I've said many times, both out loud and written down, that I feel like I've had one of the best jobs in the world. But on each trip I've taken to some of the world's toughest, most isolated and fascinating places, there's always a really hard part: leaving.
While I'm always anxious to get back to my wife and son, often after a day or more in transit, it's difficult to leave most of the countries I visit. I think one big reason is the seeming finality of it all: even though I've had the incredibly good fortune to visit a place like Mongolia or Kosovo, what's the chance I'll be returning? What I take with me in my suitcases and memory are what I'll keep from that place for the remainder of my life.
And, again, that's the really hard part. My work as a writer involves deep, engaging and personal conversations with people from many cultures and walks of life. I've sat in centuries-old tea factories discussing fair labor and the environment, as well as in slung-together huts in Congolese displacement camps talking about the horror of war. I've had animated debates over religion with colleagues in Ethiopia and tried to comfort mothers whose children died of AIDS.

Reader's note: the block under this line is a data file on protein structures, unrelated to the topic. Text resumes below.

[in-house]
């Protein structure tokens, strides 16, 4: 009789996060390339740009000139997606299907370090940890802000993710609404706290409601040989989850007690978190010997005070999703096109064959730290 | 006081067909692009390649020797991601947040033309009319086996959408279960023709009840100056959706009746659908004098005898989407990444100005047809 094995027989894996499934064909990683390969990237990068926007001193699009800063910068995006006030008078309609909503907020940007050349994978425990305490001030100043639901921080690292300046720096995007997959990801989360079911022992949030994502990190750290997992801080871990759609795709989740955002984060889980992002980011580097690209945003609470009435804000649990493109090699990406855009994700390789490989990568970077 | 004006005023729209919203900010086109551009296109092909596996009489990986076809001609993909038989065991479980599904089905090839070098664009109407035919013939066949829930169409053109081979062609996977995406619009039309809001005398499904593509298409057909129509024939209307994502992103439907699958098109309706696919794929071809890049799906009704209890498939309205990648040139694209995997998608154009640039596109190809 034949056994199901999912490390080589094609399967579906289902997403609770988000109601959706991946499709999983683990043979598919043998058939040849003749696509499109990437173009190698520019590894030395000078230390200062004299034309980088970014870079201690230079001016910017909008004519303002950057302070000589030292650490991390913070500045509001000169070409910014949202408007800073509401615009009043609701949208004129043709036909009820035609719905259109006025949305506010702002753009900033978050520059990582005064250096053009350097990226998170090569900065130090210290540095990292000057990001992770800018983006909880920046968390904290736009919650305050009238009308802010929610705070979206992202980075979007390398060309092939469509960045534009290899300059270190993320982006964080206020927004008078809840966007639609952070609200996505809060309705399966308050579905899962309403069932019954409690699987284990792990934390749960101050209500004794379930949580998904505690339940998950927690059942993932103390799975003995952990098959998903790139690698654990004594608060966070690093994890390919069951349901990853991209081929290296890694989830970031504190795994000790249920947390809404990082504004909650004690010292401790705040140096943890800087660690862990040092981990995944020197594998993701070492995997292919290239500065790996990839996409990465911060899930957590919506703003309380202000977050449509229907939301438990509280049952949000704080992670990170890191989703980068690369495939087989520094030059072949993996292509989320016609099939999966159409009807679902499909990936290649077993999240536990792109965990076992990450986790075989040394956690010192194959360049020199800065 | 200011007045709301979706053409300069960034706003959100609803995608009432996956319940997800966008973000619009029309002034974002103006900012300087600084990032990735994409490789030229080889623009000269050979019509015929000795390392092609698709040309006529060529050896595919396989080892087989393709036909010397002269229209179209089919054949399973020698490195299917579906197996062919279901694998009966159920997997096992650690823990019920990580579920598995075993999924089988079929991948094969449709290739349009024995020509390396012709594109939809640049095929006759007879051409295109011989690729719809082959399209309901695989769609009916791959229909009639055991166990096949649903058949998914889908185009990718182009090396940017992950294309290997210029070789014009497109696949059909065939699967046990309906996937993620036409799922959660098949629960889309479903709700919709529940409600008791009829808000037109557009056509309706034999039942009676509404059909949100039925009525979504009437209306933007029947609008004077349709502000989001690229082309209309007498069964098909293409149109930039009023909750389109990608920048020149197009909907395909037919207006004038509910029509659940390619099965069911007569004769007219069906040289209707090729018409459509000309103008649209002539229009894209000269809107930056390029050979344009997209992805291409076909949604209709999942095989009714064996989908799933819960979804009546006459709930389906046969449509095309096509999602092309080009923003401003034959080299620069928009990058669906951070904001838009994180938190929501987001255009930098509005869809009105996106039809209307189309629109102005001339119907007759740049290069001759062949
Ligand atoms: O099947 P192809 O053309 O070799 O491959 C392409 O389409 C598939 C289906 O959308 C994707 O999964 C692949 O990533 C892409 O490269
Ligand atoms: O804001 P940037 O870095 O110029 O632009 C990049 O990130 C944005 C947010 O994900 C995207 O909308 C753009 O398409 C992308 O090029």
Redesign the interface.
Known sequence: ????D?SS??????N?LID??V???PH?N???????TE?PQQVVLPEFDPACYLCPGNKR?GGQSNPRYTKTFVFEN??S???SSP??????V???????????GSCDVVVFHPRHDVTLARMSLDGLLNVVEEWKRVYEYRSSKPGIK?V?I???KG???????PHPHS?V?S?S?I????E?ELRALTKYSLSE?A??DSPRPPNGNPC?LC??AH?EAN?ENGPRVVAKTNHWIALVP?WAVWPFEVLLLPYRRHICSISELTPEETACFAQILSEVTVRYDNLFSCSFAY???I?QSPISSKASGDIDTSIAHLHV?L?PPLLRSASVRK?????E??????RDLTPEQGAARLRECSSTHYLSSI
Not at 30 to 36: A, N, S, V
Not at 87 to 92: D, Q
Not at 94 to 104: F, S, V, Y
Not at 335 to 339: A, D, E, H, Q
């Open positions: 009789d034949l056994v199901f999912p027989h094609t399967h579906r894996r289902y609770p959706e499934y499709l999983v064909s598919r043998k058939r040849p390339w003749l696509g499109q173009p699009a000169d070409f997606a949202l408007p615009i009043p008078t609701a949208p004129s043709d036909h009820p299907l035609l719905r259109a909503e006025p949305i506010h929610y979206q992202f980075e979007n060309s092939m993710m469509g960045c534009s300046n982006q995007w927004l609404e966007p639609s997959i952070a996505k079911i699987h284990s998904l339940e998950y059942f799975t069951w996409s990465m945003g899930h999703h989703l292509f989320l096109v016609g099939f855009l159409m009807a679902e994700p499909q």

None of those things are easily left behind. Even though I've typically spent only a couple weeks or less in each country I've visited, I feel I invest a lot of my spirit and being in each place. I feel like those who tell me their stories entrust a lot to me. Those are powerful bonds not easily broken.
But we share the bond of story — because just as I carry the stories of those Mercy Corps serves, I leave some of my own story behind. So we continue to be part of each other. Even though I might not be able to go back to many of those isolated and beautiful places, a part of me remains there. Likewise, a lot of that place remains with me, wherever I go.
There's a familiar sequence at the end of each journey that never gets easier:
Handshakes and kind words. Waves. Going to the airport. Taking the long walk to the gate. Stepping onto that jetway, finding my seat, taking a long look out the window. Heaviness, then a smile. Liftoff.